On that note, labradorite has some folklore surrounding it. One Inuit labradorite legend claims the Northern Lights (Aurora Borealis) were stuck inside labradorite, waiting for Inuit and Beothuk peoples to discover them so they could be released into the sky.
Finland’s spectrolite is nicknamed the “Stone of Light” and legends say it brings greater intuition, confidence, and passion. Some Finns believe labradorite represents the rainbow “Bifrost Bridge” connecting Earth to Asgard, where gods reside in Norse mythology.
We know what it means spiritually, but what does labradorite do spiritually? Let’s take a look at labradorite crystal properties for healing.
All gemstones have energies that make them beneficial healing stones, and that includes labradorite! As a primarily blue gemstone in its color flashes, labradorite inherently brings relaxing energies to wash worries away.
Overall, labradorite crystal is said to be a protective guardian, warding off negativity both externally and internally. Some say it eases self-sabotage, enabling you to pursue your dreams.
For more specific healing, what is labradorite stone used for?
Physically, labradorite reportedly helps treat brain and eye disorders and high blood pressure. Other purported benefits include lowering cold sensitivity, relieving menstrual pain, and supporting healthy digestion.
Emotional healing uses for labradorite may include reducing fear, easing stress, and increasing self-worth. Labradorite can also enhance your best personality traits!
Labradorite benefits in the workplace can lower animosity and encourage empathy, creating a more welcoming, collaborative environment.
Labradorite chakra stones work best with the third eye (brow) chakra or throat chakra.
The third eye chakra is where you understand the world on a deeper, more spiritual level. When it's blocked, you may feel passive or reactive. Labradorite can open it again, bringing you insight and connection to divine wisdom.
The throat chakra governs how you understand yourself and communicate. Feeling anxious or timid are signs of a blockage. Once you open the chakra with labradorite, you can experience greater self-awareness and easier communication.
Now that you know why you should wear labradorite for healing, let’s discuss what to look for when buying labradorite jewelry.
Experts determine a gemstone’s value based on its value factors or gemstone properties. Labradorite’s factors include color/iridescence, clarity/transparency, cut, and treatments.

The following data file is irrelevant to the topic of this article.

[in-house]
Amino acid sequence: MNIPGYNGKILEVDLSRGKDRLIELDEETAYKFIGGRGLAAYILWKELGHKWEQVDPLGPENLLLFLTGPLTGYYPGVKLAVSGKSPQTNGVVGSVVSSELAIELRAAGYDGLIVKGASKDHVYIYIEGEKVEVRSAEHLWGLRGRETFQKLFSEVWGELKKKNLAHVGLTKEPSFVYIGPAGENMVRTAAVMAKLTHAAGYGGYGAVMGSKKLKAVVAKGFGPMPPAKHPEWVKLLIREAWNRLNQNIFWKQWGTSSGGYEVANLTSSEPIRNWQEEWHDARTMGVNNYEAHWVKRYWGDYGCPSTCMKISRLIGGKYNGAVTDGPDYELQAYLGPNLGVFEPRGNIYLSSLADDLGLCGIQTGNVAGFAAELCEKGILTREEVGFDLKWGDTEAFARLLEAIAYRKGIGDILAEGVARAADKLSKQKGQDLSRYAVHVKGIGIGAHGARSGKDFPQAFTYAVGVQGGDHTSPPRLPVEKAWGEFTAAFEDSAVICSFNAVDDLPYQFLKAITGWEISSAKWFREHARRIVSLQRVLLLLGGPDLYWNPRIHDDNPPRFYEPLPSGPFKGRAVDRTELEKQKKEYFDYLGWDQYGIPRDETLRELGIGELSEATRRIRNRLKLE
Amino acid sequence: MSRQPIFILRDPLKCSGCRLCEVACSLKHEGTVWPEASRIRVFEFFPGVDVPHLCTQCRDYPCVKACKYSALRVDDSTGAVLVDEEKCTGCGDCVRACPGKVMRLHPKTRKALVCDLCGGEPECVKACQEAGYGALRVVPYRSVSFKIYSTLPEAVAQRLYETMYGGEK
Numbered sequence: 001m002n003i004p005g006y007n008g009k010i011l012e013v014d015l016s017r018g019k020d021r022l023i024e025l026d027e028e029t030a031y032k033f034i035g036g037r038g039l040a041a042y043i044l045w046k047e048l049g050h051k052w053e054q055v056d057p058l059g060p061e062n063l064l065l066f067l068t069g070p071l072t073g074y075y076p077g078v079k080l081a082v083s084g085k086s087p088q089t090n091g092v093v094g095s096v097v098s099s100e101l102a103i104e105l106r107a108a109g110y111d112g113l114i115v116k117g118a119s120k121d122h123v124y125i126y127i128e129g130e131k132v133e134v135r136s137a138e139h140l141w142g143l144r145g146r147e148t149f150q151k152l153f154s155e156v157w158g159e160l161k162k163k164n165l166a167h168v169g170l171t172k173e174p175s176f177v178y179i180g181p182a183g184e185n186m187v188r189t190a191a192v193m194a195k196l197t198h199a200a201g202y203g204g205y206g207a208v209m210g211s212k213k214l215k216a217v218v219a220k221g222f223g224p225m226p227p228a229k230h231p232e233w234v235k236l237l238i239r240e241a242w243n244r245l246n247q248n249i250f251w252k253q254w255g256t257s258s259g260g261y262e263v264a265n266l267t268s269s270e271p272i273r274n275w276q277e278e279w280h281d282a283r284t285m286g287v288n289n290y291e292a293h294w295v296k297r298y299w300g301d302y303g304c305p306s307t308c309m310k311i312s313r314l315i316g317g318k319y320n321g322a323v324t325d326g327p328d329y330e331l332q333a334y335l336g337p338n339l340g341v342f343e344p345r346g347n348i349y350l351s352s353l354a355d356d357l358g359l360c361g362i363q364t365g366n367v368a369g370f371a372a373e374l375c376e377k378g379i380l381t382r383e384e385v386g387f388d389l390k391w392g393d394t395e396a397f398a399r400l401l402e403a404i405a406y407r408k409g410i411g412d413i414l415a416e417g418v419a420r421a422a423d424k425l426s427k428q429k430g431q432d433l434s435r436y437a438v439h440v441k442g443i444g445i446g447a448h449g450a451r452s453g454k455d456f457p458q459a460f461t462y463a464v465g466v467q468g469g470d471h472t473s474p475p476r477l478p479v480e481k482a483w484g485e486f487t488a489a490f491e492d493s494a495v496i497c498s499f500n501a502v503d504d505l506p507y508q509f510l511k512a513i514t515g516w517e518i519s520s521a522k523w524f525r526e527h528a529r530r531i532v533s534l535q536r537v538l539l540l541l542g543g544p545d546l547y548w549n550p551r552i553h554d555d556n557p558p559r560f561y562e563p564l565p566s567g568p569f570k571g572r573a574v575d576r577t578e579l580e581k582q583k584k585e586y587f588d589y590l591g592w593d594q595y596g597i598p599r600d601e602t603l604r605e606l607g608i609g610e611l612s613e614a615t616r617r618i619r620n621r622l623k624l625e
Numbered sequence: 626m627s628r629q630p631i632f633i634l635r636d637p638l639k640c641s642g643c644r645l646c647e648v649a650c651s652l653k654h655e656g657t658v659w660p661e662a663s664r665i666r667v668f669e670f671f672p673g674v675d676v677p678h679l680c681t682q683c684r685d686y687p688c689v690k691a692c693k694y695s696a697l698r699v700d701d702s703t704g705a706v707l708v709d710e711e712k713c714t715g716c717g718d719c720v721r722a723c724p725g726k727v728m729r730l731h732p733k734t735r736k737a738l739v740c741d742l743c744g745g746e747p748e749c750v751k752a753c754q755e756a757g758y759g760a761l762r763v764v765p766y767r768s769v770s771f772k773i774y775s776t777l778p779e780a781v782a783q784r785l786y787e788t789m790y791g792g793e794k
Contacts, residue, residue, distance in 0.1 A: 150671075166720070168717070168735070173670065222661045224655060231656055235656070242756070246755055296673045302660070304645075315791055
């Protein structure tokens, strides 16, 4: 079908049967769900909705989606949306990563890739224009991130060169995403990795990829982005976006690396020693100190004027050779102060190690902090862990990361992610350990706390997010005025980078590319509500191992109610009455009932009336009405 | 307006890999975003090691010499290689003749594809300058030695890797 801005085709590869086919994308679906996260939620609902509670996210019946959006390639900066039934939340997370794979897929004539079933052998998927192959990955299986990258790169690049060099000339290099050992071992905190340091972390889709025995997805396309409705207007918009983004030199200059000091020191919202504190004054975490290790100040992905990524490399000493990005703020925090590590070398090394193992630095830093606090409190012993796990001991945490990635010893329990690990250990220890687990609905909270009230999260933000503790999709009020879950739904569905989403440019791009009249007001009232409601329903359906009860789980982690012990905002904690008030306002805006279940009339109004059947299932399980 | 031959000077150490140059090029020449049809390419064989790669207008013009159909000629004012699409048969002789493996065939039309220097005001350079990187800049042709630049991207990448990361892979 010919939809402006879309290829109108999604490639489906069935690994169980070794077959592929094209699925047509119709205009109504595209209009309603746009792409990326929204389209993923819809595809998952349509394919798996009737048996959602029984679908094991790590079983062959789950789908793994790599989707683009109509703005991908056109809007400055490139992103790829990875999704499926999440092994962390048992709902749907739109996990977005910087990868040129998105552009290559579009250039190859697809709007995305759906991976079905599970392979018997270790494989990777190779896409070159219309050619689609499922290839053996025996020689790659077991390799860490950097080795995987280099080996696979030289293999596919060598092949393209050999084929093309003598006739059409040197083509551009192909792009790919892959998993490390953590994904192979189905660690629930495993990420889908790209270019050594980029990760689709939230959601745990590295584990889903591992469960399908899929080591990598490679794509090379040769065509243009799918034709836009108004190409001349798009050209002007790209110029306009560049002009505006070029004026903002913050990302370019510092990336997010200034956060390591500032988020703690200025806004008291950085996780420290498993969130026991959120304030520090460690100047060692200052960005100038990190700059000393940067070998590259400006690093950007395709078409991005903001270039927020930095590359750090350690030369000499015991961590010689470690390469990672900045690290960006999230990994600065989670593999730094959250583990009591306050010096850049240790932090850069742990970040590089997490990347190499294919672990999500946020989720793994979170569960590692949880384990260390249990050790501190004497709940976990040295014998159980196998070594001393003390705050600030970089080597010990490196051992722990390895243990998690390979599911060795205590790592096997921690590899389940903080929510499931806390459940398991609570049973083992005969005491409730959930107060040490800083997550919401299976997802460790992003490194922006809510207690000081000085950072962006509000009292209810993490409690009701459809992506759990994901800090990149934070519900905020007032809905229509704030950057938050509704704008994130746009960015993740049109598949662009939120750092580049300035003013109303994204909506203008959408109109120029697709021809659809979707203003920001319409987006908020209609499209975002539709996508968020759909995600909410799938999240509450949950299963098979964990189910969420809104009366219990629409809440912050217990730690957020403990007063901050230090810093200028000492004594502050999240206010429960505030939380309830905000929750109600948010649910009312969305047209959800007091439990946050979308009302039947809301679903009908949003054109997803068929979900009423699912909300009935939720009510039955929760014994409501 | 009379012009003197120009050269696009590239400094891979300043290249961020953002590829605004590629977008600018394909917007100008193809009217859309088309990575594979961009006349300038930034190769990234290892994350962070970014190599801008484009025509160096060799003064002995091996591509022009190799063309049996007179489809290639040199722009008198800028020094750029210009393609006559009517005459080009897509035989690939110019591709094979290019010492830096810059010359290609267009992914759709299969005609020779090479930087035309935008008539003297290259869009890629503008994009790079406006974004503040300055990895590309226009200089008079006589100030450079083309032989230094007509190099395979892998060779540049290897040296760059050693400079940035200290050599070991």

Labradorite’s body color is often medium to dark gray, black, or brown. The dark background creates a vivid contrast for the iridescence to shine.
The most common iridescence colors in labradorite are blues and greens, though you may see red, orange, or yellow as well. Rarer (and higher-valued) color flashes are purple, white, and pink-copper hues.
The highest-valued iridescence is consistent, saturated, and diverse in color range. Sometimes, labradorescence has a “blinds” effect, where flashes seem to flutter in and out as the stone is moved.
The reason for labradorite’s iridescence comes down to its inclusions.
Labradorite clarity (amount and visibility of inclusions) falls under a Type II colored gemstone clarity grade, meaning you’ll usually see some visible inclusions. Labradorite’s inclusions contribute to its play-of-color, as light reflects from layers of tiny impurities.
Common inclusions include zircon, magnetite, rutile tablets, and ilmenite. In colorless, transparent labradorite, you’ll often see dark, thread-like inclusions.
Most labradorite stones are translucent to opaque. Interestingly, both opaque and transparent labradorite gems don’t show labradorescence well, so translucent specimens are best.
Transparent labradorite specimens may be faceted for the best sparkle, mostly in round or oval cuts. However, labradorite most often becomes cabochons, carvings, or beads. Labradorite-rich anorthosite rocks may be cut into slabs for architectural uses.
So, considering labradorite’s renowned prestige as a vibrantly colored gem, are its colors natural or treated?
Jewelers may employ two treatments for labradorite: diffusion and lattice diffusion.
Diffusion treatment involves letting chemicals soak into the stone’s surface while heating it in a furnace, usually for a week or so. Lattice diffusion is almost the same, but chemical elements penetrate the stone on an atomic level. Both treatments result in a richer or new color, but lattice diffusion is stabler.